Then he repeats the experiment, but this time he gives two chicks the hawk eye at the same time.  Then he placed them together in a box. This time both chicks remained immobilized for about five minutes. Presumably the chicks are taking their cues for impending danger from each other, and it takes much longer for them to feel safe. You might say they were “egging each other on” in the cycle of fear.

In the last round, the experimenter lets one chick wander around the box while immobilizing the other with a hawk-eye. This time when the first chick is returned to the box, the fear-recovery cycle was short - the chick popped back up after mere seconds.  The frightened chicken looked to the second chicken to see that all was safe.  Since the second chicken was walking around happily, the first chicken felt that all was well.

So. It’s time for some truth telling. This month I have been the first chick, the Chicken Little who cries that the sky is falling. I’ve been given the hawk-eye by society, and I am almost paralyzed.

The pandemic, the horrible political situation in the US, and a growing realization that I cannot stay in my safe little bubble in the studio forever, has finally caught up with me. I’m guessing that many of you, too, have hit this wall at some time in the last months. Maybe you are there now.

As I’ve recorded in this blog, I walked tall through March, April, May and June. But July has been an epic fail. No unfinished projects got finished. I haven’t been walking or writing hardly at all. And it feels as though there are few daily delights to make my heart sing. What has happened to my resolve to dwell peacefully in these troubled times? Why do I feel so flat? I woke up this morning telling myself, “Enough of this! I need to recalibrate.”

The story about the chickens pointed out what I might do: instead of huddling helplessly waiting for the sky to fall, I needed to look around for a Second Chicken, the one that is sending out a message of hopefulness. Maybe I can take my cue from her, rather than from the noise and tumult that is swirling around me.

Are there such voices? Oh, yes there are! Thank God for that. Just scrolling through my FB today I came across several wonderful and inspiring posts that I want to share with you.

First, I read the Op-ed written only a few days before he died by civil rights marcher and US Representative John Lewis. I can only imagine how easy it would have been for Lewis to throw up his hands in despair: he’d been beaten, jailed, and persecuted back in the 50s and 60s for his civil activism, but has yet to see the dream of equality become a reality. And yet, he begins his essay with these words: “I want you to know that in the last days and hours of my life you inspired me. You filled me with hope ... when you used your power to make a difference in our society... Though I may not be here with you, I urge you to answer the highest calling of your heart and stand up for what you truly believe. In my life I have done all I can to demonstrate that the way of peace, the way of love and nonviolence is the more excellent way. Now it is your turn to let freedom ring...So I say to you, walk with the wind, brothers and sisters, and let the spirit of peace and the power of everlasting love be your guide.” There are more inspiring words here, and if you haven’t already, I urge you to read it. John Lewis was my first Second Chicken, speaking encouragement, challenge, and hope into my turmoil.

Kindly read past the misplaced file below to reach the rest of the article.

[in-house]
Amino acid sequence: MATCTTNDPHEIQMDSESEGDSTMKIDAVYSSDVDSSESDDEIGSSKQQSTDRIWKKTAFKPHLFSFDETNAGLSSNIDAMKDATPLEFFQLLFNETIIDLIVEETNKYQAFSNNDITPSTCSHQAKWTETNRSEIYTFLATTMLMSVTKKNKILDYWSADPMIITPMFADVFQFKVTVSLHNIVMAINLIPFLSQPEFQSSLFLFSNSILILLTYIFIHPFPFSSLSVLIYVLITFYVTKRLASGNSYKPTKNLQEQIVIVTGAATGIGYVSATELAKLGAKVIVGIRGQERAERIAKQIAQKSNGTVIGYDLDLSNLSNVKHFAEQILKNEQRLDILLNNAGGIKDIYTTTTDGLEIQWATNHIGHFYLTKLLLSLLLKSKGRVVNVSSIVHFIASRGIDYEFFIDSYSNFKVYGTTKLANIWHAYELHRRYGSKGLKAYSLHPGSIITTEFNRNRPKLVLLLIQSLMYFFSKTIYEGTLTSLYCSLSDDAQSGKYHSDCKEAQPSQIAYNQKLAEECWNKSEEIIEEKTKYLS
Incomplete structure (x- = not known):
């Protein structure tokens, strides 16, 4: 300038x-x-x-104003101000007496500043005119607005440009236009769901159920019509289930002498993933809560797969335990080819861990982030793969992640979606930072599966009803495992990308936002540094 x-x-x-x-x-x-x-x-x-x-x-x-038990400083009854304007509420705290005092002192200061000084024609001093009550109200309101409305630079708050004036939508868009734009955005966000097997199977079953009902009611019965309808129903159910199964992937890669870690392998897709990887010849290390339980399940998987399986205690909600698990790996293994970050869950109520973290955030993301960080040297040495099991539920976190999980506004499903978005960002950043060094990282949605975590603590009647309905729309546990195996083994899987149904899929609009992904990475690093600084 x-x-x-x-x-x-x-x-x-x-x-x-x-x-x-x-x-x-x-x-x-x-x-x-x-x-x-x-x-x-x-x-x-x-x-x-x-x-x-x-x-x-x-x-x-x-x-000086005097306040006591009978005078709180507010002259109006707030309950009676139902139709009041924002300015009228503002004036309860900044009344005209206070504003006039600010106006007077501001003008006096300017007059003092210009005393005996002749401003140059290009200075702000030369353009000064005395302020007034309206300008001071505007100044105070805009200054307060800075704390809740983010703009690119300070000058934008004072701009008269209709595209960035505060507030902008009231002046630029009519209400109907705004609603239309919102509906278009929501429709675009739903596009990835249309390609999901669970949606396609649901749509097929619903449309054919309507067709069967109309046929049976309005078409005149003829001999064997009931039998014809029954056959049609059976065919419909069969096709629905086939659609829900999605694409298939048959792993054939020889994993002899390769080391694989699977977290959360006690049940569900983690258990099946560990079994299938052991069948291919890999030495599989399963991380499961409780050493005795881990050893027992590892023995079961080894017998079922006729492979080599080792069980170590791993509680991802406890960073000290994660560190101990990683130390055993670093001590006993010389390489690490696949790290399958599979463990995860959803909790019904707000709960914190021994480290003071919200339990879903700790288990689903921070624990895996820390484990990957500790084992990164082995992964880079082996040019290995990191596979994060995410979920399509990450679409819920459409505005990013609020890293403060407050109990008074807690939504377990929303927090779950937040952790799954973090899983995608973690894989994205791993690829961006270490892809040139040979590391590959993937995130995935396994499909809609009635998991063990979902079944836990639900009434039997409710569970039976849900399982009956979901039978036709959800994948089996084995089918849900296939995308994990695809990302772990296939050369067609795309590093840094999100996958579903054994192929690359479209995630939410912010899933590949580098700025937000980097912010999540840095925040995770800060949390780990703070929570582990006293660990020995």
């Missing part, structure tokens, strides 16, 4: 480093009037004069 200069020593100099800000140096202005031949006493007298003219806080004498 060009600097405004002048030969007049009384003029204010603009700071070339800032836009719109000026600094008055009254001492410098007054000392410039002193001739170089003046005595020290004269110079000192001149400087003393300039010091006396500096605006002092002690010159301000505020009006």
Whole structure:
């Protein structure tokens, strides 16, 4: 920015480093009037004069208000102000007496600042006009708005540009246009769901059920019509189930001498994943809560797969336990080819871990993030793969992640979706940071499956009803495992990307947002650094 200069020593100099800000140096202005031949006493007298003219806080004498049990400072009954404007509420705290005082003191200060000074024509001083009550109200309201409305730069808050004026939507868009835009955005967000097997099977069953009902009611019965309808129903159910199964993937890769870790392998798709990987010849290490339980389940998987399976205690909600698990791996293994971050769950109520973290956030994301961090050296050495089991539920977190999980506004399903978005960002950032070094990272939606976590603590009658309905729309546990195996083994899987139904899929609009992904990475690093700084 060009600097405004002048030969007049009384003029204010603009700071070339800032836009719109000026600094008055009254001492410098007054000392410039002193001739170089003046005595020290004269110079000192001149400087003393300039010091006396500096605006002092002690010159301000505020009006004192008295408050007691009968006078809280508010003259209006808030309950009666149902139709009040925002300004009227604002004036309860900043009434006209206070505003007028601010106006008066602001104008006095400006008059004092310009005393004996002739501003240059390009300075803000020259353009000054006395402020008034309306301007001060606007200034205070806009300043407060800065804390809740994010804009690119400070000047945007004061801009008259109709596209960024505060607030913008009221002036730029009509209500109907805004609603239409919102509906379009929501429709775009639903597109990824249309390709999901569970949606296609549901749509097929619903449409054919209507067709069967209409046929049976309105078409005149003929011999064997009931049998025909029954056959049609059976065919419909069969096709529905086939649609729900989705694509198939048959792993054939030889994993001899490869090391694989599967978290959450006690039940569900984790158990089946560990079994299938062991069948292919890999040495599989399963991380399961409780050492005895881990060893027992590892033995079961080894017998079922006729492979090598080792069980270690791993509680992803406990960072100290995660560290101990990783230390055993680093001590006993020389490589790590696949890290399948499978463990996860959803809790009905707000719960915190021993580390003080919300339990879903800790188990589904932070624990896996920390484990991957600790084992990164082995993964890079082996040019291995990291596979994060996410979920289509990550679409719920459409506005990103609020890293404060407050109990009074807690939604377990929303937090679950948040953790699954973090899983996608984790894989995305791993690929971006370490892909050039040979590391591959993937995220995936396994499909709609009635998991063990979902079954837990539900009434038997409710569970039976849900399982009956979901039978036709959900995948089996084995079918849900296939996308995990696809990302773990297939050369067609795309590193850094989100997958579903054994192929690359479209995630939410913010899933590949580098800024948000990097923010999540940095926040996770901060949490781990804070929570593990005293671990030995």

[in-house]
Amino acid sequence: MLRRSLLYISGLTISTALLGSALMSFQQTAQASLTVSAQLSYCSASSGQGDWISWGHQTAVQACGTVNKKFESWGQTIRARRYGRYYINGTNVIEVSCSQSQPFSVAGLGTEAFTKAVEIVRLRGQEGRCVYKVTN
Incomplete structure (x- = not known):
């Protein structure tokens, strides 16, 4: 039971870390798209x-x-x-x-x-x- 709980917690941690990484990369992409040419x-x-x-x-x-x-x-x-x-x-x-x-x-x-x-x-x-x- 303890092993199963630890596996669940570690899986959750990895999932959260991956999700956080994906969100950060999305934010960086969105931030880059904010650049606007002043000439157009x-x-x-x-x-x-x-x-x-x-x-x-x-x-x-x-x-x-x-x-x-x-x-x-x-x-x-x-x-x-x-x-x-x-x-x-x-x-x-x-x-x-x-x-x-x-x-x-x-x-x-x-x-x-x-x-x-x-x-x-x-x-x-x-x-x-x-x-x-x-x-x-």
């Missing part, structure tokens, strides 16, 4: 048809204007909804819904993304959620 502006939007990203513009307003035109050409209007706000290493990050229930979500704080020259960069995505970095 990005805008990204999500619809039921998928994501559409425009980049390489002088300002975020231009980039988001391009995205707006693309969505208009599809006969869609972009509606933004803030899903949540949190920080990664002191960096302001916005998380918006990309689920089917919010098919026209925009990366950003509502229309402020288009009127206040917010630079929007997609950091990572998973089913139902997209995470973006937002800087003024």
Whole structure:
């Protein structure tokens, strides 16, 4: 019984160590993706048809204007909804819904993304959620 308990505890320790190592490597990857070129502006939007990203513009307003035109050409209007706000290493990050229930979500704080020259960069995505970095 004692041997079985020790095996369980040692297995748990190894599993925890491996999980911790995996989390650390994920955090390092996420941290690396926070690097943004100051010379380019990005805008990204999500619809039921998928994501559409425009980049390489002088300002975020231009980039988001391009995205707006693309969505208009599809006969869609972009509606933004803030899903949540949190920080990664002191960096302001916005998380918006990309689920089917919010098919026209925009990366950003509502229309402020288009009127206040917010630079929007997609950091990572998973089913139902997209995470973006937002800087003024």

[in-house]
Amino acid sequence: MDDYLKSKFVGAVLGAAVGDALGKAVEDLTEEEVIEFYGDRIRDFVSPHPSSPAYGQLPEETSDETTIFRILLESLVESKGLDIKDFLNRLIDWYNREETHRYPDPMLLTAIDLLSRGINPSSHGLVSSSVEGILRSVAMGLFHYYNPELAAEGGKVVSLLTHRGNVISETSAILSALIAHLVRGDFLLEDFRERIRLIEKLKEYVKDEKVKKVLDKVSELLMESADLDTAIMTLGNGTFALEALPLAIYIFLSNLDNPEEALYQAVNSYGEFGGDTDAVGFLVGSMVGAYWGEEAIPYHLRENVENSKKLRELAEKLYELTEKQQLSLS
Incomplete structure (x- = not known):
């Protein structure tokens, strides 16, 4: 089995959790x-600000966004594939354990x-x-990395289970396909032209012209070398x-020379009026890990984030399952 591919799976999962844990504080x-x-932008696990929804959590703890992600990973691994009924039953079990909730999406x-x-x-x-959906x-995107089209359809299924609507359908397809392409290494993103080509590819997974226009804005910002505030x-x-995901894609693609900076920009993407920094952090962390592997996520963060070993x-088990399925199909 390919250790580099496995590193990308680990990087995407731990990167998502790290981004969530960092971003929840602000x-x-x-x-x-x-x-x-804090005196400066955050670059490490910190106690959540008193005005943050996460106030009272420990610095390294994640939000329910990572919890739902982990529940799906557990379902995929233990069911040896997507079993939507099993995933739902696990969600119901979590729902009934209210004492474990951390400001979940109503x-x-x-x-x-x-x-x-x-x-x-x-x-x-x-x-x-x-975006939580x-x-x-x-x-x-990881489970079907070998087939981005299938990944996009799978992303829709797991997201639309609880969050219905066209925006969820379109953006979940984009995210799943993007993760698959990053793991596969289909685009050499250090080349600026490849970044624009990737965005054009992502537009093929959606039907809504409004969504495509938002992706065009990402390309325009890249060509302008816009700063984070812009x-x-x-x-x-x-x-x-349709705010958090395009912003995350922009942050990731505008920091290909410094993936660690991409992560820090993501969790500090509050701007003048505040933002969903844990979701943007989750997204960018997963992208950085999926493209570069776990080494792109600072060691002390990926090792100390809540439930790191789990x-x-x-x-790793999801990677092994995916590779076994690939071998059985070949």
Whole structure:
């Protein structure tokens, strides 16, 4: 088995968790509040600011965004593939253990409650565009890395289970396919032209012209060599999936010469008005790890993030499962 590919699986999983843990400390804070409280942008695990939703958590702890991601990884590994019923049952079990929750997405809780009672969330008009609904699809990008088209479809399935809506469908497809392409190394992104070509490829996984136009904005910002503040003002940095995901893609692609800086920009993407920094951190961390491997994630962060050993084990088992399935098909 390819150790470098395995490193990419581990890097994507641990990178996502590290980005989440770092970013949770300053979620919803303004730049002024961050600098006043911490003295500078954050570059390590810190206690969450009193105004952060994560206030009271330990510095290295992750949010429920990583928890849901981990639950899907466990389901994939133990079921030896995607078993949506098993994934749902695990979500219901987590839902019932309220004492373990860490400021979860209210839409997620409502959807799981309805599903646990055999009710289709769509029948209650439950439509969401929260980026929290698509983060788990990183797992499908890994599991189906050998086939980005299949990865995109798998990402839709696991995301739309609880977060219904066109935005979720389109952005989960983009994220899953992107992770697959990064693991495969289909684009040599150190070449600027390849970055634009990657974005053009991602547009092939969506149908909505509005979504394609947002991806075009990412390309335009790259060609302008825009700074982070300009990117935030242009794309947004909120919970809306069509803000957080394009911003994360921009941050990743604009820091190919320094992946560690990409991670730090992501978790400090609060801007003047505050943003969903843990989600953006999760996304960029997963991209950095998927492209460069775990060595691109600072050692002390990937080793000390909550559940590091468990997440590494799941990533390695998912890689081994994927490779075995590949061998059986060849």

And then I saw a video entitled Ibi’s Fireflies. It is a beautiful combination of art, music, dance, storytelling, and even science.

Watching it lifted my heart. Ibiyinka Alao, the Nigerian artist who put it together, says, “The heart is like a jar containing fireflies, and one’s capacity to love makes these fireflies into stars...In the middle of disasters, we look to beauty for hope.” Ibi is another Second Chicken, reminding us that there is so much beauty and love in the world, so much to be grateful for. Here’s a link to the video. It’s 17 minutes long, so settle in and enjoy.

And then, I took a walk in the woods. As usual, I emerged half an hour later with a different perspective. If I keep looking up to see if the sky is falling, I will never see the beauty, grace, love, all the good things happening around me, even lying at my feet.

It’s okay to cower for a while in my box, acknowledging that there is danger, but then, it is time to join all the Second Chickens of this world in spreading a message that encourages and inspires. This is how we abide in these trying times.

I first read the story of the chickens on this web page:
The author, Mike Hoogeterp, urges the church to be the Second Chicken, and gives ideas about how it can do this.